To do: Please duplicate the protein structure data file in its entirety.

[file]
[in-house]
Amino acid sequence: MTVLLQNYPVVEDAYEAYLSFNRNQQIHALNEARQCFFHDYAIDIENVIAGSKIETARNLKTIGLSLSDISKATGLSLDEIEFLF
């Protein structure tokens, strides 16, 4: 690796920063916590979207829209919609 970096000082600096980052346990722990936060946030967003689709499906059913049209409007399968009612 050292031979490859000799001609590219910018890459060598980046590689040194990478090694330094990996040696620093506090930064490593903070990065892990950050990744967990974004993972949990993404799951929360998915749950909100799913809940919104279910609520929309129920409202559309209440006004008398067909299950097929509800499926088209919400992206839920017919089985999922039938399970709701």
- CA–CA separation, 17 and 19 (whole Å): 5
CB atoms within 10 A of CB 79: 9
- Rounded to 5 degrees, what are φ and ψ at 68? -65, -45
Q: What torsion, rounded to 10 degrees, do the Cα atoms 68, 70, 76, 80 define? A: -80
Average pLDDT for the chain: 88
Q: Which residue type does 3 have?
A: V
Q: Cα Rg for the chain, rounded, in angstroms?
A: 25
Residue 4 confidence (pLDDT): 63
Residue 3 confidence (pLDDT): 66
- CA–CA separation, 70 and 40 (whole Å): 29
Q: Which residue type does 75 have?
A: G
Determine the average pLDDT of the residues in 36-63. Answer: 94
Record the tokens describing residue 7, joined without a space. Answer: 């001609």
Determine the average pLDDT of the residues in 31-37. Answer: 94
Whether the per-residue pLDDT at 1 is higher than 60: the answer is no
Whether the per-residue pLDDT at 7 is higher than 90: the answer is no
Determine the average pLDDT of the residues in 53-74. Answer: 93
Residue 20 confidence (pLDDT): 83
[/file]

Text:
[in-house]
Amino acid sequence: MTVLLQNYPVVEDAYEAYLSFNRNQQIHALNEARQCFFHDYAIDIENVIAGSKIETARNLKTIGLSLSDISKATGLSLDEIEFLF
């Protein structure tokens, strides 16, 4: 690796920063916590979207829209919609 970096000082600096980052346990722990936060946030967003689709499906059913049209409007399968009612 050292031979490859000799001609590219910018890459060598980046590689040194990478090694330094990996040696620093506090930064490593903070990065892990950050990744967990974004993972949990993404799951929360998915749950909100799913809940919104279910609520929309129920409202559309209440006004008398067909299950097929509800499926088209919400992206839920017919089985999922039938399970709701």
- CA–CA separation, 17 and 19 (whole Å): 5
CB atoms within 10 A of CB 79: 9
- Rounded to 5 degrees, what are φ and ψ at 68? -65, -45
Q: What torsion, rounded to 10 degrees, do the Cα atoms 68, 70, 76, 80 define? A: -80
Average pLDDT for the chain: 88
Q: Which residue type does 3 have?
A: V
Q: Cα Rg for the chain, rounded, in angstroms?
A: 25
Residue 4 confidence (pLDDT): 63
Residue 3 confidence (pLDDT): 66
- CA–CA separation, 70 and 40 (whole Å): 29
Q: Which residue type does 75 have?
A: G
Determine the average pLDDT of the residues in 36-63. Answer: 94
Record the tokens describing residue 7, joined without a space. Answer: 């001609």
Determine the average pLDDT of the residues in 31-37. Answer: 94
Whether the per-residue pLDDT at 1 is higher than 60: the answer is no
Whether the per-residue pLDDT at 7 is higher than 90: the answer is no
Determine the average pLDDT of the residues in 53-74. Answer: 93
Residue 20 confidence (pLDDT): 83